The many lives of Zar Room whiteboards

There’s a certain nook in the Zar Room of Crerar science library usually blocked from view by whiteboards that are often covered in interesting writing. I’ve found “Fight for survival PhD“, a confession of low-grade panic (with a helpful suggestion), linear algebra gone wrong, plans for a policy memo.

Recently, though, I found it covered in Chinese– then covered again in different Chinese, and then with the addition of what appears to be Persian. Unable to read either myself, I enlisted the help of the amazing typographer Muiz Anwar, the awesome programmer/designer/independent scholar of Chinese Peter Behr, the immensely cool grad student/photographer/knitter Lauren Osborne and the very talented artist Matthew Felix Sun. Sometimes it takes a village to write a blog post.

Spring and miscellanea

March 4, 2010

春江水暖鸭先知 is a Song dynasty line by Su Shi. “when the brook thaws in spring, the duck is first to know.”

悠悠我心 is a fragment from a well known couplet, meaning something along the lines of ‘lingering in my heart.’ (alt. translation ‘relaxed my heart’)

Red hat

Red revolution

Green hat, and a symbol of the cuckold; general rude phrase.

Literary graffiti

March 5, 2010

Whiteboard 1: A beautiful woman


Peter explains: “This is a poem by the Tang Dynasty poet Bai Juyi 白居易. It is supposedly about female beauty. Line by line, it goes roughly like:

Trim an inch* and the whole becomes too short,
Add an inch and the whole becomes too long.
Her face needs no vermillion to be like flowers,
Her skin needs no powder to be like frost;
Colors as beautiful as anything under heaven,
And a heart like a gentleman among ladies.

(Translation by Matthew and Peter)

Matthew comments, “[The last line] seems to say that this woman has a heart like that of man, a misogynist point of view. People have made fun of the first two lines – is she tall or short? The poet wanted to have both ways.”

Whiteboard 2: Military ode

Matthew says, “The first relates to history of Han Chinese fighting off nomadic invaders and the second expresses sentiment that in China the militant heroes are of the things past and people are being too soft. Both are quite ‘heroic’ in tone but also nationalistic.”

Peter adds, “On cursory inspection this is an old ballad. ‘a guest came from the east, and told me of matters in Jianghu,’ etc. normally, though, it seems that the fictional locale of Jianghu (江湖) is usually replaced with Shenyang (沈阳), and this version has other minor variations from this example I found.”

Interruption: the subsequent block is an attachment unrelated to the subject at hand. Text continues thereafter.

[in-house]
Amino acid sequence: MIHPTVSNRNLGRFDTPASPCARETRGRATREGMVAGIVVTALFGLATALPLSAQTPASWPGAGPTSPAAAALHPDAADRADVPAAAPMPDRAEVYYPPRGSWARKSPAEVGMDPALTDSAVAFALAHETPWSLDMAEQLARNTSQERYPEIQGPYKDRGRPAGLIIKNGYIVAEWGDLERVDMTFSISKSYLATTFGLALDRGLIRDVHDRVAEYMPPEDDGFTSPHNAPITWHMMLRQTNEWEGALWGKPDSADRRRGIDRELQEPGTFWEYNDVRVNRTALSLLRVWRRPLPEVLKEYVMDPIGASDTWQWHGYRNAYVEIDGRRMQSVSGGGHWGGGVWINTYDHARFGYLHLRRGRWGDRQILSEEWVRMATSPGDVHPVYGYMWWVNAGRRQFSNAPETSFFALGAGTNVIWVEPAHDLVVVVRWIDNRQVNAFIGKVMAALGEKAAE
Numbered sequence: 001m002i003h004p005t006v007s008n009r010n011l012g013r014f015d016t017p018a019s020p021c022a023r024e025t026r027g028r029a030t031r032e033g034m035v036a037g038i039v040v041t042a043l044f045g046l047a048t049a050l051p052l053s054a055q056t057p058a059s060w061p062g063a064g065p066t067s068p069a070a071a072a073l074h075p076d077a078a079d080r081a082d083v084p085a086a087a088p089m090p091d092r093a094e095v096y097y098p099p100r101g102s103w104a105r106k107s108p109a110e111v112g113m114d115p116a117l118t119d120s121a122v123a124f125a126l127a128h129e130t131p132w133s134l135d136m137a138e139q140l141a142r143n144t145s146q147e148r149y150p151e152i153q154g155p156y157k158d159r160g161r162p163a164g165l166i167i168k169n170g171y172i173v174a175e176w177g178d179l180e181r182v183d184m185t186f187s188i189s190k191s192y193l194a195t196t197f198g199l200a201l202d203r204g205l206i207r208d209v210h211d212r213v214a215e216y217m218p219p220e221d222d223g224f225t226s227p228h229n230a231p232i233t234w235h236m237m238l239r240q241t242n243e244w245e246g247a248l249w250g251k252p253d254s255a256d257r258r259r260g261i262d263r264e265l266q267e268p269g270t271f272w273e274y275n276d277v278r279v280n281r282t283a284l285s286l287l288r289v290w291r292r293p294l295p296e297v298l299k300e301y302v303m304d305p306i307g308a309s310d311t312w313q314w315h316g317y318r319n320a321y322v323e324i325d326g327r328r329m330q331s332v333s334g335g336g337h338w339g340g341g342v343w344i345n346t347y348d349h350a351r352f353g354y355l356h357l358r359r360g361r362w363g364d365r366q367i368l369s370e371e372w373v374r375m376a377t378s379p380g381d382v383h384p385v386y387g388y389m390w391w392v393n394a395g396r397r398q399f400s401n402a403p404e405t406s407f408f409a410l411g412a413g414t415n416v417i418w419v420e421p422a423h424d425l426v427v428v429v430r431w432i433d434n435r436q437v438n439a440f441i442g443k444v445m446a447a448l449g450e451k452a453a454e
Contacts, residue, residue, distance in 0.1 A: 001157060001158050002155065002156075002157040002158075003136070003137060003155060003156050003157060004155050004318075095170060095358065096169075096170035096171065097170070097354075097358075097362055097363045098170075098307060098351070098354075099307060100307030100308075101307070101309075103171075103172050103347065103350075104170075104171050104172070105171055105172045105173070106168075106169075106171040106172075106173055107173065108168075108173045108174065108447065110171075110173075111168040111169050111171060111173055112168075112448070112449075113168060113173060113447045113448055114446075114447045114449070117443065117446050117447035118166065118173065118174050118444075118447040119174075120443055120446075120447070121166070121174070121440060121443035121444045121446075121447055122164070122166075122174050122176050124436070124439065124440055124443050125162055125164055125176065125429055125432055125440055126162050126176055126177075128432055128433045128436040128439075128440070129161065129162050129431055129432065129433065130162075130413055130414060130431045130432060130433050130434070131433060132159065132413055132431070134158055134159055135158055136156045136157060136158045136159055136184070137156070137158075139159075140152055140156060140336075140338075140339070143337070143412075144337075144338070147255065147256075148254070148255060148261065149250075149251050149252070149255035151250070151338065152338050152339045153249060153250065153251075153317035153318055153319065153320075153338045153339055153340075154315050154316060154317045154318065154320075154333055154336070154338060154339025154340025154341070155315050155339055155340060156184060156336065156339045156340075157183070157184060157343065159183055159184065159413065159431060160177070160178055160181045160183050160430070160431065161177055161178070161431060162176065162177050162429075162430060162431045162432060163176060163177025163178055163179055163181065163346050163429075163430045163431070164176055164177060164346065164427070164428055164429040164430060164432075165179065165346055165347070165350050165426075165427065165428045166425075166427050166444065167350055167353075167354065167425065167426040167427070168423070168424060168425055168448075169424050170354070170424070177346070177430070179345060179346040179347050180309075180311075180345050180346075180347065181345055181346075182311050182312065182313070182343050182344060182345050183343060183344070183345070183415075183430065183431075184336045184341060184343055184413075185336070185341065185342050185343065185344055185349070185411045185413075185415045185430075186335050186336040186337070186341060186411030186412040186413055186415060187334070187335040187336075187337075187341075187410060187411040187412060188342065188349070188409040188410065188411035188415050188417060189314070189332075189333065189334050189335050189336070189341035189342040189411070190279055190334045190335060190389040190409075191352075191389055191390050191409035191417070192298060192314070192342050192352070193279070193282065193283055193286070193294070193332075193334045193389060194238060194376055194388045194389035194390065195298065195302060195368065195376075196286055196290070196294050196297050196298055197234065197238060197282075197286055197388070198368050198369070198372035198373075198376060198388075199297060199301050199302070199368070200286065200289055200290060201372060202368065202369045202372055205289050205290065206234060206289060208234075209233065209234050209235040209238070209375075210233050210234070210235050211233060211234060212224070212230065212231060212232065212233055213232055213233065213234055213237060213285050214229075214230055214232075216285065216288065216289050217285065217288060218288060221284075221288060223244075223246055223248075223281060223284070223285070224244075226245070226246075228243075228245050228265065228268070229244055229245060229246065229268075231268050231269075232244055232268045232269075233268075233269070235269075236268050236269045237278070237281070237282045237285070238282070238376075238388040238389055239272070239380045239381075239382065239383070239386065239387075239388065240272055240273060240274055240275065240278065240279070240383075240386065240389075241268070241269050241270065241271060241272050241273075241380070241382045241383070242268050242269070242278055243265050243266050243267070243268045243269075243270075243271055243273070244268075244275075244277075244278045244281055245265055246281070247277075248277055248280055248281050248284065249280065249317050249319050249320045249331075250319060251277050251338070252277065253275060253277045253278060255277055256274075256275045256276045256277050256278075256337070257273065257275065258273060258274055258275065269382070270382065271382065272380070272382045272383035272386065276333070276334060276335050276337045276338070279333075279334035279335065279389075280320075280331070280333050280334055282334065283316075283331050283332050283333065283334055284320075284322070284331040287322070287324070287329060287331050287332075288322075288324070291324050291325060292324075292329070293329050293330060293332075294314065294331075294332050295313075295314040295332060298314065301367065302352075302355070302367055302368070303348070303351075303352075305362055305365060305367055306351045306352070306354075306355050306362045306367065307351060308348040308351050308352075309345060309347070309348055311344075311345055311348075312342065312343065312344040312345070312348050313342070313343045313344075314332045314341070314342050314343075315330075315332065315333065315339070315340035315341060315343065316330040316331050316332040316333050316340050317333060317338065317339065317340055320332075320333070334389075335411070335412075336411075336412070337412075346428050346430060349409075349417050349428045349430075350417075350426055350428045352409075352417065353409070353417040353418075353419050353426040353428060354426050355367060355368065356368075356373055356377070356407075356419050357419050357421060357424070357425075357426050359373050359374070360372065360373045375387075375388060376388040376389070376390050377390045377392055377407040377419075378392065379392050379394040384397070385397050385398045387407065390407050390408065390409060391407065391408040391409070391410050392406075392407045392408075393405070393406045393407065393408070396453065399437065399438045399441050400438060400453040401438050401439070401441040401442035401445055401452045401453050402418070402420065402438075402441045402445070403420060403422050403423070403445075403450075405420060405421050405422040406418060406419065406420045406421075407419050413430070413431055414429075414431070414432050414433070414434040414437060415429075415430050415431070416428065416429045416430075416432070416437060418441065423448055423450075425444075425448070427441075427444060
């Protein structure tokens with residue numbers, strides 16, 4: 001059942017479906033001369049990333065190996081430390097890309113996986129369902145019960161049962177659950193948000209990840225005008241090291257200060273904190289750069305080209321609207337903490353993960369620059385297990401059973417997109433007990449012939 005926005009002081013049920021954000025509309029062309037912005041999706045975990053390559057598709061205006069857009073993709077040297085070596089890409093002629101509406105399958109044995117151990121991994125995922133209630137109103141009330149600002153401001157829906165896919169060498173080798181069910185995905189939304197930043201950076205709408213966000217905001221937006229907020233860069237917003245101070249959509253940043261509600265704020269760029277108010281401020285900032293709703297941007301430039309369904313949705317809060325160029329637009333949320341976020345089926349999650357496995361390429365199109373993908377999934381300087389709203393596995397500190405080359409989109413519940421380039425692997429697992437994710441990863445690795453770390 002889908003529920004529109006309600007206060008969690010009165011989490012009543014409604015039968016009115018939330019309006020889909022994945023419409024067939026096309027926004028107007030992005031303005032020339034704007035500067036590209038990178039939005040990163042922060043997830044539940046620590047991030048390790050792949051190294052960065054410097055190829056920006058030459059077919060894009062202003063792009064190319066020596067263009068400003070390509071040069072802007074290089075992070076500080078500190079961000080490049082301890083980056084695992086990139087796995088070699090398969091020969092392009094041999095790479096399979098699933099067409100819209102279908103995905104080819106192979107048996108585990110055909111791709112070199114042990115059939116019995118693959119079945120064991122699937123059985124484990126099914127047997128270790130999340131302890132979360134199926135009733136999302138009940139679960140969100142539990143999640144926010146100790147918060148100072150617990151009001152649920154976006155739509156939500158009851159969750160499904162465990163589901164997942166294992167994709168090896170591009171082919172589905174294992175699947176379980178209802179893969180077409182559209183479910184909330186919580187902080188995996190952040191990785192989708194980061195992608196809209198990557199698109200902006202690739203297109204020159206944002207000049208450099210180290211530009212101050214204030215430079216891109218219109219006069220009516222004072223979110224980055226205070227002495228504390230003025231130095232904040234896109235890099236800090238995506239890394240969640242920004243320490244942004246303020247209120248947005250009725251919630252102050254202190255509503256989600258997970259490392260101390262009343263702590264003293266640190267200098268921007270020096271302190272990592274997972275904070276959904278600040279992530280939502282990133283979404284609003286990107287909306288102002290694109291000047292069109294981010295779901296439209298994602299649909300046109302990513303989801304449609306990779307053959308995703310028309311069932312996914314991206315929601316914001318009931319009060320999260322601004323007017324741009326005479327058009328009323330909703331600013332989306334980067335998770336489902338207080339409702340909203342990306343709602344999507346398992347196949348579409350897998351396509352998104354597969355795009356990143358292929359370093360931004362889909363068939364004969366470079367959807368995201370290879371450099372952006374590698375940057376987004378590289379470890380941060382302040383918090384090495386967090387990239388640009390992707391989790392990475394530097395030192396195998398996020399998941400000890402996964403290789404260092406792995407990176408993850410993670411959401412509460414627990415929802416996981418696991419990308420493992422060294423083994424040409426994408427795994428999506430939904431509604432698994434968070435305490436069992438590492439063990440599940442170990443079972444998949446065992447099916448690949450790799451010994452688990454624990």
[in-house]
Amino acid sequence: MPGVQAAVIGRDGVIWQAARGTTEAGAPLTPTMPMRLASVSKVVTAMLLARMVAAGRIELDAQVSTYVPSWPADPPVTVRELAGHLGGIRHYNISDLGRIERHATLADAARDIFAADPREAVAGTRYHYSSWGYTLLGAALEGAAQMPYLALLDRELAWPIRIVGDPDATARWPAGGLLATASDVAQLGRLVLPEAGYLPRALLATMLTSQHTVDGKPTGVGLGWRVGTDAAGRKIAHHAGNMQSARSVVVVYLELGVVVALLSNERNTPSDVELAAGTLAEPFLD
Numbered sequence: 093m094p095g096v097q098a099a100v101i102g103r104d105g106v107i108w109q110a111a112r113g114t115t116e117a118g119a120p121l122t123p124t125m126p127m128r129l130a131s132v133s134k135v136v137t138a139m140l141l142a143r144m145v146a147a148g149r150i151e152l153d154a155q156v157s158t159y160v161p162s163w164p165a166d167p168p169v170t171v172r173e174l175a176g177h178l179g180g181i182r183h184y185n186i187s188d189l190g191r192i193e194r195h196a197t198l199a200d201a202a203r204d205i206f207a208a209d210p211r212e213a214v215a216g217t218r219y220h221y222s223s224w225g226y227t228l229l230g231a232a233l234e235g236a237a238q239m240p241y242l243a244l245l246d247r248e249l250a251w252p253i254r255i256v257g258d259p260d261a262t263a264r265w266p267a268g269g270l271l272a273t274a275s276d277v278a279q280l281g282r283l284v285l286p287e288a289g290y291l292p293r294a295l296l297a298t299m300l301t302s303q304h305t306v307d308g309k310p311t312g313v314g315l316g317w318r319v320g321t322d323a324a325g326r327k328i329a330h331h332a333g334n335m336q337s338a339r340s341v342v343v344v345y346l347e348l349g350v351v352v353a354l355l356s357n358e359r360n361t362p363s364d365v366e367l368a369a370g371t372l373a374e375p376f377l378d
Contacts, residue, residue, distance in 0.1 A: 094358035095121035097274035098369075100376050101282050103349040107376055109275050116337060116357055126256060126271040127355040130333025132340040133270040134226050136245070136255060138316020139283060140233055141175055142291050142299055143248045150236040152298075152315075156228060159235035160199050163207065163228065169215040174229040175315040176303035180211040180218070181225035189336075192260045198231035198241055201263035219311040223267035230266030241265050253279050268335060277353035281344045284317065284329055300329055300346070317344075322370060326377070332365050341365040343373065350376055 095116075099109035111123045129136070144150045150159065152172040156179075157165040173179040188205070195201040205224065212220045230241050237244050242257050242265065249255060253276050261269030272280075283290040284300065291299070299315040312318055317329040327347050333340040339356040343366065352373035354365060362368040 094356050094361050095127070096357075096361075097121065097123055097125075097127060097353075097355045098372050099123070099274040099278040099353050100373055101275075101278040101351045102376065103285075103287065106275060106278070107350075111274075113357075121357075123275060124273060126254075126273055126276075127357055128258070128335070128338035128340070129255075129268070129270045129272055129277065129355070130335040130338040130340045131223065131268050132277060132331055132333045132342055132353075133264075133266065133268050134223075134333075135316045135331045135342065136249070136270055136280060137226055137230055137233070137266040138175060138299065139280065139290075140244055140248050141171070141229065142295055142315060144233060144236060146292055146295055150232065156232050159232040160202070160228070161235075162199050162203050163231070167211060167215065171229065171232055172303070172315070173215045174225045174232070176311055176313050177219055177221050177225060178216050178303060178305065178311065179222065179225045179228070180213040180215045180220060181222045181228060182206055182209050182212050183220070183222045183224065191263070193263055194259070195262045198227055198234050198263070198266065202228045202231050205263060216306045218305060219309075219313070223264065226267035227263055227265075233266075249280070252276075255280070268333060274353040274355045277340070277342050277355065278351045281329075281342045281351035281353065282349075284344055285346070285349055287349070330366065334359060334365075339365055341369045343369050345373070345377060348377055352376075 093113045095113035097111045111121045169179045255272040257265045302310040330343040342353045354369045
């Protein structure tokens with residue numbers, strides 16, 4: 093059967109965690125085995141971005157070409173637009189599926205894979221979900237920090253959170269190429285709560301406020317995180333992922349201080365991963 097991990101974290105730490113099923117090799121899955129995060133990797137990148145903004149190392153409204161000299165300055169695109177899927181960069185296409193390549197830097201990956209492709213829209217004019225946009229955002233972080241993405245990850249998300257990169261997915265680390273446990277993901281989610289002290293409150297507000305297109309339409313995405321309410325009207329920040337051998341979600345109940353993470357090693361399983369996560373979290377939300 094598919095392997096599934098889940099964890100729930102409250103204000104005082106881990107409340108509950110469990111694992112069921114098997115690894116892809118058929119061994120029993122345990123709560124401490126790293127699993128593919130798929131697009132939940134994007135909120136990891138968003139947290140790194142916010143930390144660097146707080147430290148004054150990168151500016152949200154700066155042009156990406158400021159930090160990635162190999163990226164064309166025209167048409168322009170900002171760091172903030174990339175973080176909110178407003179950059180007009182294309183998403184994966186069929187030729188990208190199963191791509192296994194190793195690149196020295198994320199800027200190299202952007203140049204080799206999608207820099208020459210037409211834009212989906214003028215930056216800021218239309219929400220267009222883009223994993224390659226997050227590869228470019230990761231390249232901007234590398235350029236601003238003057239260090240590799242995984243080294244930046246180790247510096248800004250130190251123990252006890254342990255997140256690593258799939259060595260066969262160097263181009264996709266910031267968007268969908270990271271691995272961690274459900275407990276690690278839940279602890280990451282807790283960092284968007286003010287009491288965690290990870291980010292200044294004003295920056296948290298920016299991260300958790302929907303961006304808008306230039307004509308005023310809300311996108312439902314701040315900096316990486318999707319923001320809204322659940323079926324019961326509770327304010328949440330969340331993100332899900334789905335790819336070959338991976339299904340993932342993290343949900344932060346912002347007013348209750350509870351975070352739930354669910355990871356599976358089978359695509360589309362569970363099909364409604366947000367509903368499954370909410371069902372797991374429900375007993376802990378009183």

There is/are a guest/guests from the east
Telling me affairs of adventures
Listening to guest(s)’s gossip, I sneered
Facing monkish lamp alone, I could not sleep
Near ten cups of wine finished, my heart grew colder
Flipped weapon in front of a gold beaker
Chirping insects’ sound hovering low, while the stars and moon are fading
Noble spirit collides parapets
In the past when middle land [meaning Han China] was covered by invasion signs of wolf-dung smokes
Paladins resolutely propped up the House of Han people
Asking the universe: How many good heads?
The crazy knife beheads ninety-nine thousands
The blood of those nomadic northern Hu bandits, dyed red the country, in one whole piece

(Translation by Matthew)

Whiteboard 3: Just plain depressing


Come to this, Taishi [a title of an ancient high ranking office holder] became silent as well
Looking up at the sky, a long sigh
There were heroes in the past five thousand years
Whenever there were grievances, they relied on swords
Marched ten steps and slaughter hundred
Washed out the unjustness and gloom
In today’s peaceful world, martial arts disappeared
Nine prefecture [China] don’t hear the movement of storm and thunder
Feelings only suitable for trivial life
Poison in honey is the route to become heroes
Night after night rotten banquet and entertainment
Inside tassel canopy, lie the drunken masses
Thousands years heroes achievements, not worth a penny
Both Zhuanzhu and Niezheng [ancient heroes who assassinated tyrant and autocrat] can be sneered at, thus calculated the wise
Looking at River Yi [Another great hero assassin, Jingke who acrossed River Yi to try to kill the tyrant King of Qin, who became the 'First Emperor' of China] by the bank of River Yi, River Yi murmured and aspiration sank
Instrument string broken [also means the death of wife] and no more old friends

(Translation by Matthew)

A Persian pick-me-up

March 10, 2010

The literary Chinese took up only three of the four whiteboards. The fourth whiteboard remained blank for days, until I came in to find it covered in what seems to be Persian. Lauren helped pick out the Arabic loanwords for me, and Muiz took a stab at the rest (with the caveat that he wasn’t sure about some of the possibly-Persian words). Regardless, it’s a turn for the cheerier after the previous Chinese whiteboard:

بسم الله الرحمن الرحيم
Bismillah, Ir Rahman, Ir Raheem
In The Name of God, The Most Gracious, The Most Merciful

…ءان شاء االله نجاح
InshAllah najah…
God willing, the success of the…

…هرهاي ماريا افراح…
…H(a)rhay Maria Afrah…
…(???) Maria enjoy…


“God willing, enjoy the success of (?) Maria and Greg”

A few days later, everything was erased and replaced by a few notes for a problem set.

And this quarter, the room is reserved for a virtual anatomy course, and remains locked and empty almost all the time.

* In the original, ‘fen’ (=1/100 chi, 1 chi = 1/3 meter)

Add new comment